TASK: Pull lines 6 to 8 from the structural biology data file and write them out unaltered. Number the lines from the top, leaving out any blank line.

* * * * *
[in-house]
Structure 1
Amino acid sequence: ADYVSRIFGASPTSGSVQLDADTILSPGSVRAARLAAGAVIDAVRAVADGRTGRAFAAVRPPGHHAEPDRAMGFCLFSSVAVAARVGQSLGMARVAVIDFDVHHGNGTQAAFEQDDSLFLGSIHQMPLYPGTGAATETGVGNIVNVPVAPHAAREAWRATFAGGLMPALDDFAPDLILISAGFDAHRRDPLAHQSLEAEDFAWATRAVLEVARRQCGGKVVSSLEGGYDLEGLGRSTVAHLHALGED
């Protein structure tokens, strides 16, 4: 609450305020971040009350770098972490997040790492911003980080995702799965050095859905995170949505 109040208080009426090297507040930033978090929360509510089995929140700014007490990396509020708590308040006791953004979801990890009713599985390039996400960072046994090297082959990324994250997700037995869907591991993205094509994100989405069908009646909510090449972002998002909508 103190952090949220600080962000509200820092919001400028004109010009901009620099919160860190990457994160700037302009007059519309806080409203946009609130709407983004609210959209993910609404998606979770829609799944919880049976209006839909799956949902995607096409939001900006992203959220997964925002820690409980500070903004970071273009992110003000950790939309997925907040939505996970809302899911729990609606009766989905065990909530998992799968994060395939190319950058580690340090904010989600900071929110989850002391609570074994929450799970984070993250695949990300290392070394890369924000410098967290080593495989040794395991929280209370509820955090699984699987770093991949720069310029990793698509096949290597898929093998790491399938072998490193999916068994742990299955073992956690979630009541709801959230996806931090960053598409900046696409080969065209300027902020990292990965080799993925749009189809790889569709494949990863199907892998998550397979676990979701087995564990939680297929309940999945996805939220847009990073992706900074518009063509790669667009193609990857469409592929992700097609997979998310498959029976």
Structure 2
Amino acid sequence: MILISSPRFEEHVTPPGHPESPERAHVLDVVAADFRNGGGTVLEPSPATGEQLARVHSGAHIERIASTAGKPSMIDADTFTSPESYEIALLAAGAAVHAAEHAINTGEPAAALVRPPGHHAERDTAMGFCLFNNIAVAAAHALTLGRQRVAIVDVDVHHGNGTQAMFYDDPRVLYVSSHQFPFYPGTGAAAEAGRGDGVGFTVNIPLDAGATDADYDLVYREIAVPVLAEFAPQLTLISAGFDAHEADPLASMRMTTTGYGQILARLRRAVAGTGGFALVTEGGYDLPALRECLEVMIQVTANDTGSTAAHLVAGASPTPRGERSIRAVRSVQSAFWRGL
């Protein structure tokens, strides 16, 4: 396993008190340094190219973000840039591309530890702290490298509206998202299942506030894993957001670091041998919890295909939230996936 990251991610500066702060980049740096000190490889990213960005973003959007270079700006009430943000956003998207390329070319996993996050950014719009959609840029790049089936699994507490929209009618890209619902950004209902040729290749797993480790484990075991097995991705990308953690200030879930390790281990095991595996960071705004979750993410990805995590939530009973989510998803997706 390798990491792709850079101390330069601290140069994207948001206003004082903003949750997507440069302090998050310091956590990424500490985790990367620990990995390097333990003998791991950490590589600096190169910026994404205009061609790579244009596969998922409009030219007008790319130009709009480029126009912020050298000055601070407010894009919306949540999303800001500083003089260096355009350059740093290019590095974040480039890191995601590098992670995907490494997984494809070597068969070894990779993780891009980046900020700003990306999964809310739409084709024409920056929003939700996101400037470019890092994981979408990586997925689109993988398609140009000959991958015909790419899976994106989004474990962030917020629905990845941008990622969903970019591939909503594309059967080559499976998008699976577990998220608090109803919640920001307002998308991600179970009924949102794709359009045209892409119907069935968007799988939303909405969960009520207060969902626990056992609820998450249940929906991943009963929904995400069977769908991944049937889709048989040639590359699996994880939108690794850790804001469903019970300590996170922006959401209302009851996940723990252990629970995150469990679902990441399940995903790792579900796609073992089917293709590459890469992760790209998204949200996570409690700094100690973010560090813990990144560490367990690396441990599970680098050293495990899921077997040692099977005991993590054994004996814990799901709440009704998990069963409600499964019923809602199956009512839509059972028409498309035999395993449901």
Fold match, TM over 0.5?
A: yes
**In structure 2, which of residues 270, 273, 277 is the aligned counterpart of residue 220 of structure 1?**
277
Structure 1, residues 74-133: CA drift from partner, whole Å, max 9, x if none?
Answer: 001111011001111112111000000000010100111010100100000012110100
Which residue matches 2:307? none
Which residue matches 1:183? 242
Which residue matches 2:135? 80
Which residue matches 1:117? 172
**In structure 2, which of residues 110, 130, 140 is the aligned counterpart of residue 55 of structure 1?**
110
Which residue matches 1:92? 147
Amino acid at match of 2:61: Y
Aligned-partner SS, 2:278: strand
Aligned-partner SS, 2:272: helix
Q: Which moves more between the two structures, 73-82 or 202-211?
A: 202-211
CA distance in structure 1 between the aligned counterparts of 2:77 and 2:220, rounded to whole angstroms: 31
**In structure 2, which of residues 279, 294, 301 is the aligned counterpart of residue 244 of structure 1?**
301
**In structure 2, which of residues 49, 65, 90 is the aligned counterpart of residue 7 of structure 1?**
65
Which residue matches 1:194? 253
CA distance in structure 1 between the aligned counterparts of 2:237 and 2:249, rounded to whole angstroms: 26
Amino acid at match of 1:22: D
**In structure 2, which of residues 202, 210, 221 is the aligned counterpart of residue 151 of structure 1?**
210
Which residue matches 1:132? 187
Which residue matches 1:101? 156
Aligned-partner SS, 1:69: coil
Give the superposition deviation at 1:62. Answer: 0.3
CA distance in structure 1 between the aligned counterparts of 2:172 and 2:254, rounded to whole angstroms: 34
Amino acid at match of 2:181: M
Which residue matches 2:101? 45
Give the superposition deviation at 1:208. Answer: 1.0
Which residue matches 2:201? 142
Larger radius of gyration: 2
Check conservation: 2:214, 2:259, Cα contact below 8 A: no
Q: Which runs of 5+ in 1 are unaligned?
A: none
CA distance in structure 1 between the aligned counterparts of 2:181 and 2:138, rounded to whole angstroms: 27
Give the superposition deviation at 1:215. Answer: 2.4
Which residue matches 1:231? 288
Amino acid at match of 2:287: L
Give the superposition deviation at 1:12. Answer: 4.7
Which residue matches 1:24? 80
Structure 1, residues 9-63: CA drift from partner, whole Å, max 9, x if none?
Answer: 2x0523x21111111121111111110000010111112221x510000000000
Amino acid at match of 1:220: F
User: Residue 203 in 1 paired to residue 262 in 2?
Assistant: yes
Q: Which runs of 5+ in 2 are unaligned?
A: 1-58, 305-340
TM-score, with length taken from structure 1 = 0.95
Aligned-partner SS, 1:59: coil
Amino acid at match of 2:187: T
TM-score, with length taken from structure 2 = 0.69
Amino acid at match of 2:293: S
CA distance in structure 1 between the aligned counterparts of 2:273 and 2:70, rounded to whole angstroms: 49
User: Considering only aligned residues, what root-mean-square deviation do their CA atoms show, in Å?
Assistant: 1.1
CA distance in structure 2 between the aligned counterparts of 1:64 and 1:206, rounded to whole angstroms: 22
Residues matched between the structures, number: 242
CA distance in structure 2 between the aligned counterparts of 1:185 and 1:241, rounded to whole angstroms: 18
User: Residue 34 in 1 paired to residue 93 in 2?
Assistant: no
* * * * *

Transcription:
Amino acid sequence: MILISSPRFEEHVTPPGHPESPERAHVLDVVAADFRNGGGTVLEPSPATGEQLARVHSGAHIERIASTAGKPSMIDADTFTSPESYEIALLAAGAAVHAAEHAINTGEPAAALVRPPGHHAERDTAMGFCLFNNIAVAAAHALTLGRQRVAIVDVDVHHGNGTQAMFYDDPRVLYVSSHQFPFYPGTGAAAEAGRGDGVGFTVNIPLDAGATDADYDLVYREIAVPVLAEFAPQLTLISAGFDAHEADPLASMRMTTTGYGQILARLRRAVAGTGGFALVTEGGYDLPALRECLEVMIQVTANDTGSTAAHLVAGASPTPRGERSIRAVRSVQSAFWRGL
């Protein structure tokens, strides 16, 4: 396993008190340094190219973000840039591309530890702290490298509206998202299942506030894993957001670091041998919890295909939230996936 990251991610500066702060980049740096000190490889990213960005973003959007270079700006009430943000956003998207390329070319996993996050950014719009959609840029790049089936699994507490929209009618890209619902950004209902040729290749797993480790484990075991097995991705990308953690200030879930390790281990095991595996960071705004979750993410990805995590939530009973989510998803997706 390798990491792709850079101390330069601290140069994207948001206003004082903003949750997507440069302090998050310091956590990424500490985790990367620990990995390097333990003998791991950490590589600096190169910026994404205009061609790579244009596969998922409009030219007008790319130009709009480029126009912020050298000055601070407010894009919306949540999303800001500083003089260096355009350059740093290019590095974040480039890191995601590098992670995907490494997984494809070597068969070894990779993780891009980046900020700003990306999964809310739409084709024409920056929003939700996101400037470019890092994981979408990586997925689109993988398609140009000959991958015909790419899976994106989004474990962030917020629905990845941008990622969903970019591939909503594309059967080559499976998008699976577990998220608090109803919640920001307002998308991600179970009924949102794709359009045209892409119907069935968007799988939303909405969960009520207060969902626990056992609820998450249940929906991943009963929904995400069977769908991944049937889709048989040639590359699996994880939108690794850790804001469903019970300590996170922006959401209302009851996940723990252990629970995150469990679902990441399940995903790792579900796609073992089917293709590459890469992760790209998204949200996570409690700094100690973010560090813990990144560490367990690396441990599970680098050293495990899921077997040692099977005991993590054994004996814990799901709440009704998990069963409600499964019923809602199956009512839509059972028409498309035999395993449901």
Fold match, TM over 0.5?